It’s not uncommon to find businesses all over this country talking about the impact the current economic environment is having on their operations.
Just yesterday, I was speaking with my good friend, John Fodera. John is a partner in Eisner, LLP’s audit and risk management services group. He spends his days discovering how to reduce risk and streamline operations, while making sure that his clients remain compliant with regulations a diverse as labor law to SEC requirements. Not surprisingly, he hears about the impact of the recession all of the time.
As our discussion progressed, it became apparent that John brings some fresh thinking to these conversations. One of the thoughts that we shared is that cutting staff is not always the best way to deal with a slowdown in business.
John explained that the “knee-jerk” reaction is always to reduce costs and sometimes this is truly appropriate. But, like any other challenge, there are always opportunities.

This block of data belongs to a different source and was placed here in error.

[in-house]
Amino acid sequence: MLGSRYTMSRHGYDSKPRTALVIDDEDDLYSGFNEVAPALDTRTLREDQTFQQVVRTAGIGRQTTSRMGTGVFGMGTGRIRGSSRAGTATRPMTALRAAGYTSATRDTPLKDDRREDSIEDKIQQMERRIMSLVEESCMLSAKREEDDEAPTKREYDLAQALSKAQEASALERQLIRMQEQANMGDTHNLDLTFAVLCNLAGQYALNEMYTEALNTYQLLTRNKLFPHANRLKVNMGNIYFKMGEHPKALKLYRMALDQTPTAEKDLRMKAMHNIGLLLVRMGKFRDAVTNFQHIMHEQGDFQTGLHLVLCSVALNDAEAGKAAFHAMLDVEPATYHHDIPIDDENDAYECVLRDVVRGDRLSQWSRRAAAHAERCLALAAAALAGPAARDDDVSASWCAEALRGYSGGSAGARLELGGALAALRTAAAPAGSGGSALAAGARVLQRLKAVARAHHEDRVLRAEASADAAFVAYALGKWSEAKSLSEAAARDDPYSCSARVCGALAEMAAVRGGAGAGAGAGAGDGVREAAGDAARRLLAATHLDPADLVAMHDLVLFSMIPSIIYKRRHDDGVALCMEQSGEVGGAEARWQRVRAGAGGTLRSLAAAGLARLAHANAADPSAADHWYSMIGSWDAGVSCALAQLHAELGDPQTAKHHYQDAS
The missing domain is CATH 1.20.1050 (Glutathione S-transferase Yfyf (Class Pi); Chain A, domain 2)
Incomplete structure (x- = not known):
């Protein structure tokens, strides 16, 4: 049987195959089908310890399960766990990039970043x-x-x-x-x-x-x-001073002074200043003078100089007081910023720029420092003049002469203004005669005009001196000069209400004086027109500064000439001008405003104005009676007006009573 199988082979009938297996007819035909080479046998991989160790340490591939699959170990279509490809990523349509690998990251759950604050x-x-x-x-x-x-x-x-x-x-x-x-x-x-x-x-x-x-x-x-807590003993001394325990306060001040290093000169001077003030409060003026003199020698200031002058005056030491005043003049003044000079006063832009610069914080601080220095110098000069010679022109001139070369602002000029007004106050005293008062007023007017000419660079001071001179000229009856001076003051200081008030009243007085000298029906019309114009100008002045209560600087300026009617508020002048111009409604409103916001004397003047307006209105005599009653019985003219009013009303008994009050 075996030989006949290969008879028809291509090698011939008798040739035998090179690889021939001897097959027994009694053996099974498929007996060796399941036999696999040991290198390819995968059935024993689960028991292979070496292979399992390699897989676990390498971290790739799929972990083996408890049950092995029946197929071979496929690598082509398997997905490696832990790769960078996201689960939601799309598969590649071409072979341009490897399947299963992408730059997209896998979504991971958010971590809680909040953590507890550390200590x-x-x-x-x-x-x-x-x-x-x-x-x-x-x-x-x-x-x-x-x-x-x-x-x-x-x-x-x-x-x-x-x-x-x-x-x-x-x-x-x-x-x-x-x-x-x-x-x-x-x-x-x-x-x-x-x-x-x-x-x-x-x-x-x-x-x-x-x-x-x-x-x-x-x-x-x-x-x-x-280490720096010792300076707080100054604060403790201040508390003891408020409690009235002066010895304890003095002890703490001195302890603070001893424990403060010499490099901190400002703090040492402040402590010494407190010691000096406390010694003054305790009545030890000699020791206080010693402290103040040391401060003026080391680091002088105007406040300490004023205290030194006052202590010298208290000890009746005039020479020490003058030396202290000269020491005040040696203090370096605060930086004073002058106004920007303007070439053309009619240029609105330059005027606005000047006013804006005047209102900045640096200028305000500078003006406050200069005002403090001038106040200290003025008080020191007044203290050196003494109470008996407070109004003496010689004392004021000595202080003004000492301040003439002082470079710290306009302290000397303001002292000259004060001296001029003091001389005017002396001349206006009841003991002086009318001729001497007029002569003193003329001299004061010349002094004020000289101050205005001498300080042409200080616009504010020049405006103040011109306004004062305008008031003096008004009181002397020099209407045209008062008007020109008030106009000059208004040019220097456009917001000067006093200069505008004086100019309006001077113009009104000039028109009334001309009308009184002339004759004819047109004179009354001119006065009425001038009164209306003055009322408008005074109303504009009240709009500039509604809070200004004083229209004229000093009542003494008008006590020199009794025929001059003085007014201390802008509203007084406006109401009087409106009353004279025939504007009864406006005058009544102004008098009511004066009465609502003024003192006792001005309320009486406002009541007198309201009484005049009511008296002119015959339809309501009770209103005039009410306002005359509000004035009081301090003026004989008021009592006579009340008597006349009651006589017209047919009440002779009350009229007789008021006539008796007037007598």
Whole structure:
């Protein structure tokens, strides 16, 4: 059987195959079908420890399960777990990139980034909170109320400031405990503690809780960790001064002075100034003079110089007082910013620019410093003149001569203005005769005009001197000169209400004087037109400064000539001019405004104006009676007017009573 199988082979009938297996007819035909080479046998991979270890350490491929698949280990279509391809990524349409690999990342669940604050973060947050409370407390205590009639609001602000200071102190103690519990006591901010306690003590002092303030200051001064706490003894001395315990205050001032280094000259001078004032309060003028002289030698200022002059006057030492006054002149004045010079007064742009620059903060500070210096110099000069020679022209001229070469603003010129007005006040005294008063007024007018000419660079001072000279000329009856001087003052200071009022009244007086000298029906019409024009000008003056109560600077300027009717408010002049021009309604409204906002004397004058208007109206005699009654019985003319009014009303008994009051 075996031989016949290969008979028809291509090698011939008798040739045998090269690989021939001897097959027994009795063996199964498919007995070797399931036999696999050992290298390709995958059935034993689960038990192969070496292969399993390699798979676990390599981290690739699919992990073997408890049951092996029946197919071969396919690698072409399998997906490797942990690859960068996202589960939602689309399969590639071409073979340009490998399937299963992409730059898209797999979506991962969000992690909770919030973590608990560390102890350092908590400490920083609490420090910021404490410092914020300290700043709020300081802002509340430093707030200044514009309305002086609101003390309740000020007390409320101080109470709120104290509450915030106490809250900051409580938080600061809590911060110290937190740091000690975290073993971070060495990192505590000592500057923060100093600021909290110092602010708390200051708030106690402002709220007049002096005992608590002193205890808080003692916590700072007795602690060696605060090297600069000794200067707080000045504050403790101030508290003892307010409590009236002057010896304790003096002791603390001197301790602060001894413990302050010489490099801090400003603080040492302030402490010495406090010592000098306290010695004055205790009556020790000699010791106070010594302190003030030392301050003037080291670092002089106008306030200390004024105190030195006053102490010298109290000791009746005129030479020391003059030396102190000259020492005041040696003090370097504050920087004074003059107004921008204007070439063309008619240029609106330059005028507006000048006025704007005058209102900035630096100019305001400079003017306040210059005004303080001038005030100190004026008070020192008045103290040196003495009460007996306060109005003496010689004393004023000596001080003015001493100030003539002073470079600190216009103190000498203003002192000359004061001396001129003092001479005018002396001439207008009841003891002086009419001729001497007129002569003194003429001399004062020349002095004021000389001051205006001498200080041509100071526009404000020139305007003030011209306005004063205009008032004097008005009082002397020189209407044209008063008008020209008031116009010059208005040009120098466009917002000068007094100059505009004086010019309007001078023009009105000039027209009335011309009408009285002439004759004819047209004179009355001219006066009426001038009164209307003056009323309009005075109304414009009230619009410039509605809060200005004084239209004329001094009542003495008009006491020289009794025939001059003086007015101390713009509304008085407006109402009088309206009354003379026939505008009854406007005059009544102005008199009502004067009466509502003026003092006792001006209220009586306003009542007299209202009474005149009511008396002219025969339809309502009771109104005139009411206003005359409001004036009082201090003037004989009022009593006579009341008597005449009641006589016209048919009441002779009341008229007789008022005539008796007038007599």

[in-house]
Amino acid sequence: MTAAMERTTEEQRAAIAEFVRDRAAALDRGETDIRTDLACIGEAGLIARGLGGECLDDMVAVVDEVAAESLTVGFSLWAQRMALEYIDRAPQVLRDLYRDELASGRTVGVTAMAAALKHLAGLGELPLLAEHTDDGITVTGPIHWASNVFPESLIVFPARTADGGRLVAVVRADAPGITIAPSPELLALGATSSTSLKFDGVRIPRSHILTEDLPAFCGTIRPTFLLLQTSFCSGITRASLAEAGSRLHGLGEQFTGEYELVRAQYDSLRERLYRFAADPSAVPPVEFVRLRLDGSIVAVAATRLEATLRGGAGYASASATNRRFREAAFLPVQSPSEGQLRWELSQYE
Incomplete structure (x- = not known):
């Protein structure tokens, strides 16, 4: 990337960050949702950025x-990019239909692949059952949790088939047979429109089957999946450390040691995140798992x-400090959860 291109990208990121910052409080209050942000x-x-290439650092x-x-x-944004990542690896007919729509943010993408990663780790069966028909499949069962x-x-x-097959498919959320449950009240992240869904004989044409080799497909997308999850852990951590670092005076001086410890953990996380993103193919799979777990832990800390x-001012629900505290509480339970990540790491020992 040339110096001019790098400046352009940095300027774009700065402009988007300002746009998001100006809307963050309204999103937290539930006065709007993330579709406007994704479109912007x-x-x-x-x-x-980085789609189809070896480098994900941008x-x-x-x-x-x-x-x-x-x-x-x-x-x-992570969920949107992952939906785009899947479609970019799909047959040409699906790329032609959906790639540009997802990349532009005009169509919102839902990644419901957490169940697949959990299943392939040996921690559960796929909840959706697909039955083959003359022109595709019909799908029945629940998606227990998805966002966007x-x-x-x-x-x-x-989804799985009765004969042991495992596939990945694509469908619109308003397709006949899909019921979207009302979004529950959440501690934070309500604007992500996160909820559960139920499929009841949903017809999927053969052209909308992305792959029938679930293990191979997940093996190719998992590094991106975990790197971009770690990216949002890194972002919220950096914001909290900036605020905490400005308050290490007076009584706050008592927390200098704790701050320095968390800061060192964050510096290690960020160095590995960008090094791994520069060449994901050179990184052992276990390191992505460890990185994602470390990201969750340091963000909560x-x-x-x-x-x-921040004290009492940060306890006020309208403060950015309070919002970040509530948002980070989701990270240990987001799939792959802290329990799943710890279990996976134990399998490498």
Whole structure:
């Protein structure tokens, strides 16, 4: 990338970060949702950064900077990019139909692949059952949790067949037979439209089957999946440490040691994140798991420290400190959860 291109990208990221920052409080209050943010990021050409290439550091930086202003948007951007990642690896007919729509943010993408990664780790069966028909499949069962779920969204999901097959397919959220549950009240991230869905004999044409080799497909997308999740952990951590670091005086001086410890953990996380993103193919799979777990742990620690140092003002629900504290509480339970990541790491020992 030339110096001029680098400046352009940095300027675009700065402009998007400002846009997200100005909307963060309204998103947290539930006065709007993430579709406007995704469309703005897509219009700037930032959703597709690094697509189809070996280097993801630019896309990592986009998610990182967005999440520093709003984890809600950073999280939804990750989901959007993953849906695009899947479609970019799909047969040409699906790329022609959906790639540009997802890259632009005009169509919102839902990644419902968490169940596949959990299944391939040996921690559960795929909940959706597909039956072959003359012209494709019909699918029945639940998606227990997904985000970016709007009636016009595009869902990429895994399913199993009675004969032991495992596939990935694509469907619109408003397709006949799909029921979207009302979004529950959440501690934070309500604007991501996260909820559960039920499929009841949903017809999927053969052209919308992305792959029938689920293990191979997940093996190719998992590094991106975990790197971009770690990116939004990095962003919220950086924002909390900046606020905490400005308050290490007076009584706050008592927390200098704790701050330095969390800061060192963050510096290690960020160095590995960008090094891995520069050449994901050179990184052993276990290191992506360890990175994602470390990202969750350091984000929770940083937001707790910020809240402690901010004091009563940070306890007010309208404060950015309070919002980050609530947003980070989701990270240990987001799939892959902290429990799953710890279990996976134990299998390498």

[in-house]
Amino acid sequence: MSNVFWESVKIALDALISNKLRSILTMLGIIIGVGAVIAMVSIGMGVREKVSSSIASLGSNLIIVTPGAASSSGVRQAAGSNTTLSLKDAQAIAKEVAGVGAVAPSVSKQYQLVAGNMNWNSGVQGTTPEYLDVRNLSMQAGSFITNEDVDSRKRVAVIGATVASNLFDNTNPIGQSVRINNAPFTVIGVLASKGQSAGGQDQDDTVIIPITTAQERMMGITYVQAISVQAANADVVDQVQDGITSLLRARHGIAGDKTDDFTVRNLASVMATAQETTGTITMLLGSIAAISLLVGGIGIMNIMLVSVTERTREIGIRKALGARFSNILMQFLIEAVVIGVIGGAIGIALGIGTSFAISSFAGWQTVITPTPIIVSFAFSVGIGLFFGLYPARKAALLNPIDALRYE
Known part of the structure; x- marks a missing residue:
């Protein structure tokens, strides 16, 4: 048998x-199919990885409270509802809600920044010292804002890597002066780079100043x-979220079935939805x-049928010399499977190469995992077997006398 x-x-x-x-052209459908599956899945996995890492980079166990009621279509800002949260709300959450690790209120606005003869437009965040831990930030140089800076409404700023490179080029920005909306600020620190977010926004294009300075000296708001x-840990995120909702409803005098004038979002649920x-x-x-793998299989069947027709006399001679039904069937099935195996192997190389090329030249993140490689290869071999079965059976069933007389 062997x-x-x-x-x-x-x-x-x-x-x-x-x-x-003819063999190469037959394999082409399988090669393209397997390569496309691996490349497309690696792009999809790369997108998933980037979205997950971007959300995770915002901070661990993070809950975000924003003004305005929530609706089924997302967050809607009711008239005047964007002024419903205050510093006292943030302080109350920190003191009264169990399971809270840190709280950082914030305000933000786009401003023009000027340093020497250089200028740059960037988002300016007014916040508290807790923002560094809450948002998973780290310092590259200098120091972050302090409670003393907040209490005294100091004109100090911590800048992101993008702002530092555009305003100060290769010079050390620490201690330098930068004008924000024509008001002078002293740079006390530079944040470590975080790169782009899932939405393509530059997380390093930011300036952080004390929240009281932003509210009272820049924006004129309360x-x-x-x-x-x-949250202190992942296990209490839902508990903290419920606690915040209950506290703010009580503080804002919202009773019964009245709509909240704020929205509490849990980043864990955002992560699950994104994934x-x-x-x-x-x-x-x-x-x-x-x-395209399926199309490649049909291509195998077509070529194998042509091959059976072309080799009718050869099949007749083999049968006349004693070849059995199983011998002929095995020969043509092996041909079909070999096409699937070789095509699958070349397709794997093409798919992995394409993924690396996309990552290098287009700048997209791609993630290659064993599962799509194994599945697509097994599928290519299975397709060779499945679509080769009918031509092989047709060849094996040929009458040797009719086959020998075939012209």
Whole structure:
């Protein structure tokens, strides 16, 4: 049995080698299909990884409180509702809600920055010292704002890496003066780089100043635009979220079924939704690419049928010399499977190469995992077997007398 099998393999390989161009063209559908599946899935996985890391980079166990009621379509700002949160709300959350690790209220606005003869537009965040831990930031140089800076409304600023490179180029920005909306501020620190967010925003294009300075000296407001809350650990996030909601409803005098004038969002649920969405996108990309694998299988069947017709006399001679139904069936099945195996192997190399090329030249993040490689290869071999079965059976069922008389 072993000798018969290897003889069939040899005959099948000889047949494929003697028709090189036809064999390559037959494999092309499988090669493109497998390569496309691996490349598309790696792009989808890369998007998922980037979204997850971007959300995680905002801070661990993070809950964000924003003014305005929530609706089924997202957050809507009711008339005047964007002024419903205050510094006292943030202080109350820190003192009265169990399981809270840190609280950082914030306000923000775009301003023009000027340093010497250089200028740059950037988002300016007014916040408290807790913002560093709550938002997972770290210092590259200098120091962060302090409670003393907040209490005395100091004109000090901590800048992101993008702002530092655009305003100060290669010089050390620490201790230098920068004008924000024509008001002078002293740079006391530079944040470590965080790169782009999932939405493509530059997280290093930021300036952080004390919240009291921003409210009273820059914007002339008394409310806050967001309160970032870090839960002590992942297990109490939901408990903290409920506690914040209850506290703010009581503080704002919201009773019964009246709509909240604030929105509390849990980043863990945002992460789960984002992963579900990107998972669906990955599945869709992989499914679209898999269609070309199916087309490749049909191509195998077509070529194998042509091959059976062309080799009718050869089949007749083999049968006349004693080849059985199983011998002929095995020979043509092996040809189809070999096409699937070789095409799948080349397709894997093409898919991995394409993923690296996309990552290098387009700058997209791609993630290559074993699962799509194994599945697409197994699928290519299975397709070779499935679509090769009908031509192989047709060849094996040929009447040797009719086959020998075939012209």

When companies are concerned about business, they are more apt to rethink the way that they approach the marketplace. Leadership will also find that staff will be more open to trying new approaches. This is typical when the risk of remaining with the status quo exceeds the risk of trying new things.
Reaching out to existing customers and discovering and sometimes re-discovering what is valued in one’s offerings – and what isn’t – can change what is being sold and how it is being presented to other potential clients.
When something is not valued, often, the cost associated with adding and delivering that capability can be stripped out. Suddenly, the product may actually be more valuable because a level of complexity is removed and the cost associated with developing, selling, delivering it and training others has been reduced. Out of such discussions, many competitive advantages and opportunities are born.
And in an age where technology is changing as rapidly as it is, an economic downturn can provide the impetus to create new ways to produce meaningful value.
As John would probably tell you, the real risk is when you are not rethinking your business. But don’t take his word for it.
Just ask the people running the newspaper industry and the postal service.